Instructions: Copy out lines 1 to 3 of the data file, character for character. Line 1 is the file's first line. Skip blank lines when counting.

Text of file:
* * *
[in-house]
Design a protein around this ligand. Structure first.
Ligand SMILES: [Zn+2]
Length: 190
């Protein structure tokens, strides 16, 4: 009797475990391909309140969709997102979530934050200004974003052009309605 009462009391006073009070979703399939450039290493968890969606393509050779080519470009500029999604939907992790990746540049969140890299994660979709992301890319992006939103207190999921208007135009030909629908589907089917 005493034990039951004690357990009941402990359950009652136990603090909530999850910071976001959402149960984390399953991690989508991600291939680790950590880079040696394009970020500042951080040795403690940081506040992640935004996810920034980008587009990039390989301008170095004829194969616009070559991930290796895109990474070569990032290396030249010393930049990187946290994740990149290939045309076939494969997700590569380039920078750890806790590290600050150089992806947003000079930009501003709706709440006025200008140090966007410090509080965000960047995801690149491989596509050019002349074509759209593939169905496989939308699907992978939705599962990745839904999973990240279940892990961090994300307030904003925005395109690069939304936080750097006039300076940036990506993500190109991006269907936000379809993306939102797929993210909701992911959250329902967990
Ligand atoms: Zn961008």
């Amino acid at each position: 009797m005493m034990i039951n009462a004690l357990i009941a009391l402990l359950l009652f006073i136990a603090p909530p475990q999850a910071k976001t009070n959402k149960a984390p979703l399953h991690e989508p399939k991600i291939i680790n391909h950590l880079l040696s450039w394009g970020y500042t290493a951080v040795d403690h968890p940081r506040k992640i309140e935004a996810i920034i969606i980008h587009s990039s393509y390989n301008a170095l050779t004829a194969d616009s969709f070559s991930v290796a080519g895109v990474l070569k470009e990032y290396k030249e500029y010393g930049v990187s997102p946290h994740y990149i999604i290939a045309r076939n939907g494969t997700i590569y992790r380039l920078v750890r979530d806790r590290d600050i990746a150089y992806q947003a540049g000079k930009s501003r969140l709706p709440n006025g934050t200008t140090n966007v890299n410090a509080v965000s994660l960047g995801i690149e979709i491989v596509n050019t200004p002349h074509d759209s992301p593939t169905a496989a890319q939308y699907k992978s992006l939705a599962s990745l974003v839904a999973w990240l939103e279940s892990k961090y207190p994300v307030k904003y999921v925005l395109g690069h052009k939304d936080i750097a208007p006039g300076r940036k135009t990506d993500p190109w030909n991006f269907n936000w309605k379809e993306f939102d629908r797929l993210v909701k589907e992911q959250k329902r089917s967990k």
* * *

[in-house]
Design a protein around this ligand. Structure first.
Ligand SMILES: [Zn+2]